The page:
Exploring and conceptualizing teacher formative assessment practices and digital applications within a technology enhanced high school classroom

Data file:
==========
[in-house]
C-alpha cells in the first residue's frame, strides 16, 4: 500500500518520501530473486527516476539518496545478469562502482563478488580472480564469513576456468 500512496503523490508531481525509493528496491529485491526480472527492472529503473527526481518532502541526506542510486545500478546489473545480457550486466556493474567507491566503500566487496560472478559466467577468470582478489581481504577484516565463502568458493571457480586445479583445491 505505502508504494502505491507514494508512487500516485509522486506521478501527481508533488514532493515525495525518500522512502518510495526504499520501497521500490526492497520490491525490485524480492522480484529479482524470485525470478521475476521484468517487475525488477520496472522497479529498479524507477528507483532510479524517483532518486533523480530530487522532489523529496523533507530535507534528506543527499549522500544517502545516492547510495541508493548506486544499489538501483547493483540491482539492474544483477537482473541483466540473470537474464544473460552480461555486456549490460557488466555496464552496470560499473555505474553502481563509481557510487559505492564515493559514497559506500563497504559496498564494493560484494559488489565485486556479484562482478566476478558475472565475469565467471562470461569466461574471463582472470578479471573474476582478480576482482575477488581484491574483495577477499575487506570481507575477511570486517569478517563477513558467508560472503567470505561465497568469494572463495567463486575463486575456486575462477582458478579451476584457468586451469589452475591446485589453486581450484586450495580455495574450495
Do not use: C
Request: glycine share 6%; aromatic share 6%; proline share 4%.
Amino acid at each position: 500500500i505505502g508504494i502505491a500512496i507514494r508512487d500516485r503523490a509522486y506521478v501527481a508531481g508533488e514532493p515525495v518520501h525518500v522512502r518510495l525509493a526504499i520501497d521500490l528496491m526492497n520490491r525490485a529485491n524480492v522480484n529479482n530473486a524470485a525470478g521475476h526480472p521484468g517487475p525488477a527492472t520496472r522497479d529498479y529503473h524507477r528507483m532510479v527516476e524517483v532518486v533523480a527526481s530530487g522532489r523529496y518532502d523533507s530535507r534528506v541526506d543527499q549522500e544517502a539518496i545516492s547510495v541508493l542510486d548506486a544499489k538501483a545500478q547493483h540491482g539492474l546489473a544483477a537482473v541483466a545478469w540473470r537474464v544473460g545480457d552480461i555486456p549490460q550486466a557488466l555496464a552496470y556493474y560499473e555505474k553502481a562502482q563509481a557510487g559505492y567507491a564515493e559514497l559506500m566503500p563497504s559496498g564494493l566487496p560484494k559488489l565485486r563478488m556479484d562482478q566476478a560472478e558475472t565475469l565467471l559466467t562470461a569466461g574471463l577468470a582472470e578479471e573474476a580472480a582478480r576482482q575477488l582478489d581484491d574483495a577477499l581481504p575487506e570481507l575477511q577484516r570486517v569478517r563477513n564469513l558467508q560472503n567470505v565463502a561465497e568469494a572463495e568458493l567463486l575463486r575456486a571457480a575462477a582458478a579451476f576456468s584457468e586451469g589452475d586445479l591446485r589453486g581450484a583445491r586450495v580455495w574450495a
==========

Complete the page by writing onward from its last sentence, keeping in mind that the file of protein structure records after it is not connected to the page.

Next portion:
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Formative assessment is essential for improving student learning. Formative assessment research has predominantly used cognitive learning theories. In this dissertation study, I used sociocultural learning perspectives to understand how formative assessment supported student learning during interaction and how it empowered students. This dissertation included three manuscripts. The first manuscript was a conceptual study. I developed a new formative assessment cycle that was built on sociocultural perspectives and prior formative assessment cycles. The model included four steps: building community, monitoring community, community mediation, and redefining goals. These steps were described in detail with examples, and the roles of the teacher, learners, and peers were discussed. Future researchers may potentially use the model to understand formative assessment practices. Practicing teachers and teacher educators may benefit from the provided examples for classroom implementation of the model. In the empirical part of the dissertation, Chapter Three and Chapter Four, the participant teacher, who was a high school physics teacher, was selected from teachers that had been actively using iPads in their classrooms. This study was conducted at a public high school in the Midwest United States that had a diverse student population. Data were collected across eighteen class sessions. Primary data sources included video recorded observation of class sections, iPad applications, and teacher interviews. Supporting secondary sources included pictures taken during observations, lesson plans, assessment examples, student-works, and student interviews. In the second manuscript, I examined a high school physics teacher's technology enhanced classroom to understand the impact of technology on the teacher's formative assessment practices, and how the iPad influenced the formative assessment process, by using sociocultural learning perspectives. The participant teacher's formative assessment practices were described (members, tools, and classroom norms). Results showed that influences of the iPad on the formative assessment process were: 1) transforming classroom community, 2) empowering students, and 3) facilitating evidence-based discussions. This study shed light on: the impact of technology use on the teacher's formative assessment practice, how the impact rebuilt the classroom norms, and how technology use impacted student identity development. In the third manuscript, I focused on the most important aspect of formative assessment - feedback. I examined how well iPad applications (apps) supported providing feedback. Then, I compared the app affordances with teacher practice. To enable analysis of data, I enhanced Hatzipanagos and Warburton's (2009) feedback dimensions. Analysis revealed app diversity in supporting different feedback dimensions, and the teacher, through additional discussion and interactions with students, was able to support dimensions that an app did not. The provided examples of app affordances and teacher practices may be beneficial to prospective and practicing teachers. Application designers may benefit from this study towards improving their apps to support effective feedback.
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